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Journal of Clinical Oncology ; 40(16), 2022.
Article in English | EMBASE | ID: covidwho-2005700


Background: COVID 19 infection has worse outcomes and is more severe among frail patients and with co-morbidities. Additionally, it was suggested by Mehta et al that gastrointestinal malignancies may have worse outcomes. Based off these findings, we have evaluated outcomes and potential predictors of these outcomes in patients with gastrointestinal malignancies and COVID 19 infection. Methods: We conducted a retrospective evaluation of 69 cases of patients between February 2020 to February 2021, that had both COVID 19 infection and a gastrointestinal malignancy, including: gastric, colon, pancreatic, biliary, and hepatic. We studied population general characteristics, most common tumors, oxygen requirements, management and death frequencies, at two urban safety net hospitals. Results: The median age of patients with gastrointestinal malignancies and COVID-19 infection was 68 (33 to 87), it was more frequently seen among males (N = 46, 67%);patients had on average 1-7 other comorbidities (N = 55, 80%), hypertension being the most common (N = 43, 62%). All patients in this study were minorities, the majority being Hispanics (N = 32, 46%), followed by African Americans (N = 21, 30%), the rest of patients were minorities such as Asians, Native Americans, and others (N = 16, 23%). We noted that more than half of patients were obese (N = 24, 35%), or overweight (N = 19, 28%), with a mean BMI of 26.24. Most patients were non-smokers (N = 39, 57%). The performance status among these patients was excellent in the large majority (ECOG 0-2;N = 62, 90%). The majority of malignant tumors were adenocarcinomas (N = 63, 91%);others included neuroendocrine tumors (N = 4, 6%) and gastrointestinal tumors (N = 2, 3%), the majority were advanced stage disease between stage III to stage IV disease (N = 38, 55%). The most common malignancy was colon cancer (N = 44, 64%), and also was the most reported deaths were among patients those patients with colon cancer (N = 13, 57%). Among patients that needed to be hospitalized (N = 43, 62%), needed some sort of oxygen supplementation (N = 36, 84%), a small number of patients required ICU admission (N = 8, 19%). When hospitalized, patients were mostly treated with hydroxychloroquine (N = 30, 70%) and steroids (N = 7, 16%). Inflammatory markers such as D-dimer, ferritin, C-RP were not reported in the majority of cases. Overall, the case fatality rate across all gastrointestinal malignancies was noted to be substantial (N = 22, 32%), 35% in males and 26% among females (p = 0.46). Conclusions: During the first year of the COVID-19 pandemic, patients with gastrointestinal malignancies who were infected, seemed to have a high chance to be admitted to the hospital (62%), once hospitalized the majority required some sort of oxygen supplementation (84%) and had a high case fatality rate from the COVID-19 infection (32%).

Blood ; 138:2537, 2021.
Article in English | EMBASE | ID: covidwho-1736299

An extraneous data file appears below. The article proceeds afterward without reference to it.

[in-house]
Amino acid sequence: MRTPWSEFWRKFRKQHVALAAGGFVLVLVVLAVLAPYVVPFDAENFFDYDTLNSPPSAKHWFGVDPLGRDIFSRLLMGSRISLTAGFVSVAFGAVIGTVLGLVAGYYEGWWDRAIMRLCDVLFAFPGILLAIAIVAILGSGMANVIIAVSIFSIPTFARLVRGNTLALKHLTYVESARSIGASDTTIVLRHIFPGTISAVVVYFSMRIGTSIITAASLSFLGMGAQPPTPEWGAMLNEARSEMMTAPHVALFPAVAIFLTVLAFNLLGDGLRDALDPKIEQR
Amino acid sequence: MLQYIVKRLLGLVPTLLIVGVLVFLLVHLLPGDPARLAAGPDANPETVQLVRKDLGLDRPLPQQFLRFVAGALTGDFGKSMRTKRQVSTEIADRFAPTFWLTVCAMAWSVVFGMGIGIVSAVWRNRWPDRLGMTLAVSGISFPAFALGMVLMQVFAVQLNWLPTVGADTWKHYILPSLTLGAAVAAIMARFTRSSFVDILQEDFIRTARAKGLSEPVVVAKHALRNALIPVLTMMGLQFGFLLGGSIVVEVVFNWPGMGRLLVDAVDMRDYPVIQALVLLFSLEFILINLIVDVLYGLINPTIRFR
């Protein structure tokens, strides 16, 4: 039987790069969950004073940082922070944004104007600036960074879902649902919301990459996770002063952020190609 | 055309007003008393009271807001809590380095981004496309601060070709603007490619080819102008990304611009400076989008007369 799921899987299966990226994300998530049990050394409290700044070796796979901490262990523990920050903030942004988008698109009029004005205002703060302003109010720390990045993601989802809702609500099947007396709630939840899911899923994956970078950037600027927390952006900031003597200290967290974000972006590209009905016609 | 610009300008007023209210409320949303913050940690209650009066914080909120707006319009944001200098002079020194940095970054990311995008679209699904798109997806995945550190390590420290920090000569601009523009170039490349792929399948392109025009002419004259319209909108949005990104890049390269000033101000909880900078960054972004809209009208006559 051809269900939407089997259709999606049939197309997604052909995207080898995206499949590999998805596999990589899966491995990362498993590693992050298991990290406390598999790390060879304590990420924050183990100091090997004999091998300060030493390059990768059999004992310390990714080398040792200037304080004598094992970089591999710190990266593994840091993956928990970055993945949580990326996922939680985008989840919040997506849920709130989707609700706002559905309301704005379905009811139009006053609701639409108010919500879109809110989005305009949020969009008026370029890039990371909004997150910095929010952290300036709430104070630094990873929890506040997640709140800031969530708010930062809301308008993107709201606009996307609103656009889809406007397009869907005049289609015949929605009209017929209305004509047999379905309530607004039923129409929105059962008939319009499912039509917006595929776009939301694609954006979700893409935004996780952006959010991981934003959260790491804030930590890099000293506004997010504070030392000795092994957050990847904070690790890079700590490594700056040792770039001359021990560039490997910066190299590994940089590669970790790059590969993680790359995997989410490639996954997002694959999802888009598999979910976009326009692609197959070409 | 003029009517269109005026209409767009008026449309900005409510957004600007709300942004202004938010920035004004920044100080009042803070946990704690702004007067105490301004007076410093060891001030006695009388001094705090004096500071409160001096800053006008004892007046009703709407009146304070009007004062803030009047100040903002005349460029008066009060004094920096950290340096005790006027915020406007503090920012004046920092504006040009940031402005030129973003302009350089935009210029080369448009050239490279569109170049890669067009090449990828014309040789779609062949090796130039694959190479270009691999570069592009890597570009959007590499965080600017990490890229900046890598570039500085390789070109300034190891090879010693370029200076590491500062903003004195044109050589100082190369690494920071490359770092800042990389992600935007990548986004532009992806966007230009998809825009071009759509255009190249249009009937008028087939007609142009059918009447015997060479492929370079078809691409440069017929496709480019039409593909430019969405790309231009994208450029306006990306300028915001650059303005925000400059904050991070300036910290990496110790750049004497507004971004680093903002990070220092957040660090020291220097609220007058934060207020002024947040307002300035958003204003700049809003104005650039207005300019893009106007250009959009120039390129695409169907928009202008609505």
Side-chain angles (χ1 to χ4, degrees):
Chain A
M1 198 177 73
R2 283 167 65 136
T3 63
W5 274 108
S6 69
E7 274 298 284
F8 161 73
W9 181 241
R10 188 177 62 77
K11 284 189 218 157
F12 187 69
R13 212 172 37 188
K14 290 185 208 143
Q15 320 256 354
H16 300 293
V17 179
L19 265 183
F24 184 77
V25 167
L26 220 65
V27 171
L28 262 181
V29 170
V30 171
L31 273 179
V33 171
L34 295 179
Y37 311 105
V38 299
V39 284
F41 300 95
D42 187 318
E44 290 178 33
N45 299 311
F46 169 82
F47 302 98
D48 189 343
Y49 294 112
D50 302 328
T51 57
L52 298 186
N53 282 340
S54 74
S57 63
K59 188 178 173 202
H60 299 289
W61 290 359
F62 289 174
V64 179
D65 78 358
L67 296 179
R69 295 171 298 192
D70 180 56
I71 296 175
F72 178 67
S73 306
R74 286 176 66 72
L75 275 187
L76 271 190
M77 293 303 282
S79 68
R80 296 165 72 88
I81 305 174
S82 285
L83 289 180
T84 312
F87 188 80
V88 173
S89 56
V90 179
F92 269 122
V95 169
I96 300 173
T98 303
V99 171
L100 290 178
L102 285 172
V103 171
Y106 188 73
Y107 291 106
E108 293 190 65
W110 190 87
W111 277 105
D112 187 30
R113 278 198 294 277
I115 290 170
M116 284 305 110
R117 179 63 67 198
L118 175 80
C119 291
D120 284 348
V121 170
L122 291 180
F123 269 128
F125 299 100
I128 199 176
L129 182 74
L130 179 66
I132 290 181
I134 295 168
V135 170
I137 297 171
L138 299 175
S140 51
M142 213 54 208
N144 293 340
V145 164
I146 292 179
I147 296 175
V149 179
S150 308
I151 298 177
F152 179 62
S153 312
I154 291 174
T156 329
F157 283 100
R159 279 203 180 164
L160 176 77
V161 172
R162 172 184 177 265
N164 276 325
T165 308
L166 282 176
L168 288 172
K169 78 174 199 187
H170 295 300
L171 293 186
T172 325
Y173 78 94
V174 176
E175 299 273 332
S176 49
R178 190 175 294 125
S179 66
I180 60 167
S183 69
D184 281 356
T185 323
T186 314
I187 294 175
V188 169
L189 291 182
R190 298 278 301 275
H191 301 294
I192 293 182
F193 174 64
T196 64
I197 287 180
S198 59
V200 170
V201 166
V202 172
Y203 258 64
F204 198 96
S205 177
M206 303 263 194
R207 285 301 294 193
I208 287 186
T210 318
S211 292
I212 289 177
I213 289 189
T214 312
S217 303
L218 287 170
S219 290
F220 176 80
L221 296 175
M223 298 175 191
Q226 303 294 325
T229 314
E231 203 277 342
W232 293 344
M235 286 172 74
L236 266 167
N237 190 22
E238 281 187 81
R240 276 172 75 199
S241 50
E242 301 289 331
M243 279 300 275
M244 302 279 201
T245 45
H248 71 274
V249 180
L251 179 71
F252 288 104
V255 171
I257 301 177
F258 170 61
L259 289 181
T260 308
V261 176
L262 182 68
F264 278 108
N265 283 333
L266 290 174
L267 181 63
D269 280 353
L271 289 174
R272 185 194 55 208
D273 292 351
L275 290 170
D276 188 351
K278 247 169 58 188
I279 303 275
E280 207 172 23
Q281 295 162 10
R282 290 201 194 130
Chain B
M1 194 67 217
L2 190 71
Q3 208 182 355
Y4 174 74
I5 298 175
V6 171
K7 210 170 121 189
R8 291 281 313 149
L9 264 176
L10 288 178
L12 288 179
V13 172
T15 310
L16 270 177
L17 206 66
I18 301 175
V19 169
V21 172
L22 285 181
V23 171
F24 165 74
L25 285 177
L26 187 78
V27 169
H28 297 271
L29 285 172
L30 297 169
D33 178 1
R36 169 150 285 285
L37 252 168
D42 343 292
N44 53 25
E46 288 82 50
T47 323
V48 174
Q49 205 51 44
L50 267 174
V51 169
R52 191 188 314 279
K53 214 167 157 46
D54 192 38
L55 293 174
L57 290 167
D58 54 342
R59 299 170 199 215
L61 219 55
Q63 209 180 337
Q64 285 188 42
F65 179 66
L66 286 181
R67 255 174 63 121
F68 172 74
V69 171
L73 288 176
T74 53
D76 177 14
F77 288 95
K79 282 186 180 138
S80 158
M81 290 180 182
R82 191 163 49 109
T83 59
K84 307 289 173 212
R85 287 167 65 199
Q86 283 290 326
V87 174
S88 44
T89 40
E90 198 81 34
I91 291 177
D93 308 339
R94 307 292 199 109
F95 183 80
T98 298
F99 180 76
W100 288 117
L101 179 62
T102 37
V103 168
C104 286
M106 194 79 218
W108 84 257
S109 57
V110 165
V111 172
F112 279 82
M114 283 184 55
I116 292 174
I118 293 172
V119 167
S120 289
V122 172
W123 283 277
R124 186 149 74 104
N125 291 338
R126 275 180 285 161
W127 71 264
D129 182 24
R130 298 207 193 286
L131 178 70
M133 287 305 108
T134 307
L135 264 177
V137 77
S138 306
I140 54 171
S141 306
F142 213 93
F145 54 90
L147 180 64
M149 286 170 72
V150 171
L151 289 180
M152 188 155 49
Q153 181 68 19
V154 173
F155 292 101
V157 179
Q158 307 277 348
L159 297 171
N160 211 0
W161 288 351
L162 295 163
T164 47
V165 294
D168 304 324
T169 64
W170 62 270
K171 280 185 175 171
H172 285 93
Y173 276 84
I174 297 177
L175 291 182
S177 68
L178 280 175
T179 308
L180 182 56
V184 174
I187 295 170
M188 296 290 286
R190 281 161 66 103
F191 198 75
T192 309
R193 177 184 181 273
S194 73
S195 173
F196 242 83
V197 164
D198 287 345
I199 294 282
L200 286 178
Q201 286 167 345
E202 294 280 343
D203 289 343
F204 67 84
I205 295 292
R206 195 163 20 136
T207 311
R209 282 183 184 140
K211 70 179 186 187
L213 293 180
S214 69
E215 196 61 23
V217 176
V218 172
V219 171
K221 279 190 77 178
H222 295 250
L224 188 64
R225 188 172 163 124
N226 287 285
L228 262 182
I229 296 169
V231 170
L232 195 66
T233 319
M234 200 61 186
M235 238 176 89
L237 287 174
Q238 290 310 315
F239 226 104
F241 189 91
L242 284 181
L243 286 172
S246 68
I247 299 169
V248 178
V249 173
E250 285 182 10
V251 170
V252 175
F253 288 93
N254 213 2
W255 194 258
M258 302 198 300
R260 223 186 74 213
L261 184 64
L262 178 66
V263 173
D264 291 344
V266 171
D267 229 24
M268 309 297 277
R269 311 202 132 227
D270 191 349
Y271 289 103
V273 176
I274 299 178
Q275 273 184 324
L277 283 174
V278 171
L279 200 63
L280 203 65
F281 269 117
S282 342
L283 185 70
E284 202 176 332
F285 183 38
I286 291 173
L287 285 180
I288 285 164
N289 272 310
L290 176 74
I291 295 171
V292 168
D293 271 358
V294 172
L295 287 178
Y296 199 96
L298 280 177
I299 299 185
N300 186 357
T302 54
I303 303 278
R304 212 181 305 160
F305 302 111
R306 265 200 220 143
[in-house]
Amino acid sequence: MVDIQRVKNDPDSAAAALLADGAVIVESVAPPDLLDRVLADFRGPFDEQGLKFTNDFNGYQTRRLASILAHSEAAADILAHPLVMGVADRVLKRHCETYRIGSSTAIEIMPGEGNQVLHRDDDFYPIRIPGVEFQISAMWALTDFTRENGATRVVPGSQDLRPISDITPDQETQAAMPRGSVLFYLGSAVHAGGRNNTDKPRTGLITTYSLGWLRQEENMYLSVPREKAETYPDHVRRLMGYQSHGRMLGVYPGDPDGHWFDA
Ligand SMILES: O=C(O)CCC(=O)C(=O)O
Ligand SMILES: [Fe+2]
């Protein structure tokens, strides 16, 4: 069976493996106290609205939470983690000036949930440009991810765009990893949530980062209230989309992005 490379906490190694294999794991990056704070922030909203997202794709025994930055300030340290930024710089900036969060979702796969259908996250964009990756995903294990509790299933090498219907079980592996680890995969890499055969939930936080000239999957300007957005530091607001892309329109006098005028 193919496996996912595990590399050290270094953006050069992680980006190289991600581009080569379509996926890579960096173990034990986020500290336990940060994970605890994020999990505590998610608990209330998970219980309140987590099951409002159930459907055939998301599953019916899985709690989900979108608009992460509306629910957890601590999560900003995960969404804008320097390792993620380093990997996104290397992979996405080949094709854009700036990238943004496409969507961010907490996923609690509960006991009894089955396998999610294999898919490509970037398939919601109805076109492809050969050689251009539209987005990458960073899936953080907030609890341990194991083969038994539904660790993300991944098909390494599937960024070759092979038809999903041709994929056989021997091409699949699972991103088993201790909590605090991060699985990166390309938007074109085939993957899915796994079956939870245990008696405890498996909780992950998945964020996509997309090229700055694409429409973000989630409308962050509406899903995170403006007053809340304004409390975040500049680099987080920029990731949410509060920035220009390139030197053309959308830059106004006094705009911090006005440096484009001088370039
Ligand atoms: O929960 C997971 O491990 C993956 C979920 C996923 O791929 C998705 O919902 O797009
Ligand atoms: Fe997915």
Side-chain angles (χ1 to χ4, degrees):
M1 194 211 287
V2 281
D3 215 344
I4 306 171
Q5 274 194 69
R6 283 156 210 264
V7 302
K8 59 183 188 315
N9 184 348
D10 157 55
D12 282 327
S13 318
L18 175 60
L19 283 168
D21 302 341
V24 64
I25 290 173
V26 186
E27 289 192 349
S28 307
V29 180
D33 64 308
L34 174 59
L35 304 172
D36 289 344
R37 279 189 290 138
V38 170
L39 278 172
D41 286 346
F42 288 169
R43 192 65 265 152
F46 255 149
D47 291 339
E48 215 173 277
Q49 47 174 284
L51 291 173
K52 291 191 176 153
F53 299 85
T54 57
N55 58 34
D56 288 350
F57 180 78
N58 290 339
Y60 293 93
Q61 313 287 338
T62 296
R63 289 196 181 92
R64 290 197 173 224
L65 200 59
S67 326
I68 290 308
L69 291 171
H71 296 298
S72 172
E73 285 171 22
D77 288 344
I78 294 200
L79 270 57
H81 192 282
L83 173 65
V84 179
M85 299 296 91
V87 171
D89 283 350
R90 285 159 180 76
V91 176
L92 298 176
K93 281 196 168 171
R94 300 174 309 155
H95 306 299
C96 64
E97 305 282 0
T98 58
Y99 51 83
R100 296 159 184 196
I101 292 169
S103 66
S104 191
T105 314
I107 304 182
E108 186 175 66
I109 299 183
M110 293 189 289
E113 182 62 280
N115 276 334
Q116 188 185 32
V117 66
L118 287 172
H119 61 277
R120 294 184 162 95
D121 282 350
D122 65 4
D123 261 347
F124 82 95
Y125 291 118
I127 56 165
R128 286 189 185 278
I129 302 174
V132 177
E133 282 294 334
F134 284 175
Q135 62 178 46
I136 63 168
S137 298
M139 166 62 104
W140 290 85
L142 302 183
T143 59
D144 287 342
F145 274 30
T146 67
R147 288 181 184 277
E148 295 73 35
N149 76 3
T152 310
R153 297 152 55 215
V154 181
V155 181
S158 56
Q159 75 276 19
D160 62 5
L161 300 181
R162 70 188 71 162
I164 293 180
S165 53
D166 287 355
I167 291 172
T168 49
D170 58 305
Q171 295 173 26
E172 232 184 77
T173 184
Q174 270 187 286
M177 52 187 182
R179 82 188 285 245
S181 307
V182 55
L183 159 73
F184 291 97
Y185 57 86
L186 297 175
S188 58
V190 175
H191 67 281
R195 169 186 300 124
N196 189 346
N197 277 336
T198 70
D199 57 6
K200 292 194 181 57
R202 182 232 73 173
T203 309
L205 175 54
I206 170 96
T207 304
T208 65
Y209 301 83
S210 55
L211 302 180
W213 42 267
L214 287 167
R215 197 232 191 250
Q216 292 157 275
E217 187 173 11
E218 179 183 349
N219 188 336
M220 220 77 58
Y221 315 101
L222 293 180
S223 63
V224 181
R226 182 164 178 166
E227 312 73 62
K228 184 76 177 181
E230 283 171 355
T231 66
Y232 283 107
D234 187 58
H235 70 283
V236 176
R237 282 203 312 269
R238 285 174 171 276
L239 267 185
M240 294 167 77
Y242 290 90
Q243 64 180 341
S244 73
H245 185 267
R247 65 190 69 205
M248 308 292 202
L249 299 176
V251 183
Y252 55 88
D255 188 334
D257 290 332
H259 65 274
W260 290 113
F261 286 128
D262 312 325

It is well established that COVID-19 carries a higher risk of morbidity and mortality in patients (pts) with hematologic malignancies. Emerging data suggests that despite the 3 COVID-19 vaccines with emergency use authorization (EUA) by the FDA inducing high levels of immunity in the general population, pts with hematologic malignancies have lower rates of seroconversion for the SARS-CoV-2 Spike antibody (Spike IgG) and thus possibly lower protection against severe COVID-19. We established a program of rapid vaccination and evaluation of response in an inner city minority population to help determine the factors that contribute to the poor seroconversion to COVID-19 vaccination in pts with hematologic malignancies. We conducted a cross-sectional cohort study of pts with hematologic malignancies seen at Montefiore Medical Center between March 29, 2021 and July 8, 2021 who completed their vaccination series with 1 of the 3 FDA EUA COVID-19 vaccines, Moderna, Pfizer, or Johnson & Johnson (J&J). We qualitatively measured Spike IgG production in all pts using the AdviseDx Spike IgG assay and performed quantitative analysis on pts who completed their vaccination series with at least 14 days (d) after the 2 nd dose of the Moderna or Pfizer vaccines or 28d after the single J&J vaccine. Safety data was collected via questionnaires or as part of the electronic medical record. We analyzed the characteristics of these pts using standard descriptive statistics and associations between pts characteristics, cancer subtypes, treatments, and vaccine response using a Fisher Exact test, Kruskal-Wallis Rank Sum test, or Kendall Tau-b test. A total of 121 pts with hematologic malignancies were enrolled and another 10 pts were included by retrospective chart review. Five pts did not have a Spike IgG performed after consent and excluded. Ten patients had Spike IgG testing before completion of their vaccination series and excluded from quantitative analyses. A total of 116 pts were included in immunogenicity analysis and 106 pts in quantitative analysis. Baseline characteristics and representative malignancies are listed in Table 1. Seventy pts (60%) received Pfizer, 36 pts (31%) Moderna, and 10 pts (9%) J&J. Median time from vaccination completion to Spike IgG was 40d. We observed a high-rate of seropositivity (86%) with 16 pts (14%) having a negative Spike IgG. Percent positivity was not statistically significant between vaccine types (p=0.50). We observed significantly lower seroconversion rates in pts with Non-Hodgkin lymphoma (p=0.005) and pts who received: cytotoxic chemotherapy (p=0.002), IVIG (p=0.01), CAR-T cell therapy (p=0.00002), and CD20 monoclonal antibodies (Ab) (p=0.0000008) especially within 6 mo of Spike Ab evaluation (p=0.01). All pts who received anti-CD19 (Axi-cel) CAR-T therapy (0/6) were seronegative, and 1 pt that received BCMA directed CAR-T (Cilta-cel) was seropositive with no association between timing CAR-T cell infusion and seroconversion/titer. Use of BCL2 inhibitors (p=0.04), CD20 monoclonal Ab (p=0.0009), CAR-T cell therapy (p=0.01), BTK inhibitors (p=0.04), current steroid use (p=0.002), and IVIG (p=0.003) also correlated with significantly lower Ab titers with a trend toward lower Ab titers in pts on any active cancer therapy at time of vaccination (p=0.051). Immunomodulatory drugs (p=0.01) and proteasome inhibitors (p=0.01) had significantly higher seroconversion rates, and pts with history prior COVID-19 (12/106) had significantly higher Ab titers (p=0.0003). Of 47 pts who received stem cell transplant, 43 received an autologous (37 seropositive, 6 seronegative) and 4 an allogeneic transplant (3 seropositive, 1 seronegative), with no significant association with seroconversion, Ab titer, or time since transplant (greater or less than 1 year). The majority of pts, 64% and 53%, reported no adverse effects (AE) to the 1 st and 2 nd dose respectively. The most common AE were mild in severity and included sore arm, muscle aches, fatigue, and fever. No life-threatening AE were observed. Our findings indicate hat vaccination is safe, effective, and well tolerated in the majority of pts with hematologic malignancies. We observed that pts receiving B-cell depleting therapies are unable to mount an effective serological response to COVID-19 vaccines and remain vulnerable to the disease. Novel immunization strategies (active or passive) are urgently needed in this population. [Formula presented] Disclosures: Gritsman: iOnctura: Research Funding. Shastri: Onclive: Honoraria;Kymera Therapeutics: Research Funding;Guidepoint: Consultancy;GLC: Consultancy. Halmos: Merck: Membership on an entity's Board of Directors or advisory committees, Research Funding;Bristol Myers Squibb: Membership on an entity's Board of Directors or advisory committees, Research Funding;Astra-Zeneca: Membership on an entity's Board of Directors or advisory committees, Research Funding;Amgen: Membership on an entity's Board of Directors or advisory committees, Research Funding;AbbVie: Research Funding;Boehringer-Ingelheim: Membership on an entity's Board of Directors or advisory committees, Research Funding;Novartis: Membership on an entity's Board of Directors or advisory committees, Research Funding;GSK: Research Funding;Pfizer: Membership on an entity's Board of Directors or advisory committees, Research Funding;Mirati: Research Funding;Elevation: Research Funding;Blueprint: Research Funding;Advaxis: Research Funding;Eli-Lilly: Research Funding;TPT: Membership on an entity's Board of Directors or advisory committees;Apollomics: Membership on an entity's Board of Directors or advisory committees;Guardant Health: Membership on an entity's Board of Directors or advisory committees. Verma: BMS: Research Funding;GSK: Research Funding;Novartis: Consultancy;Stelexis: Consultancy, Current equity holder in publicly-traded company;Eli Lilly: Research Funding;Curis: Research Funding;Medpacto: Research Funding;Incyte: Research Funding;Acceleron: Consultancy;Stelexis: Current equity holder in publicly-traded company;Celgene: Consultancy;Throws Exception: Current equity holder in publicly-traded company.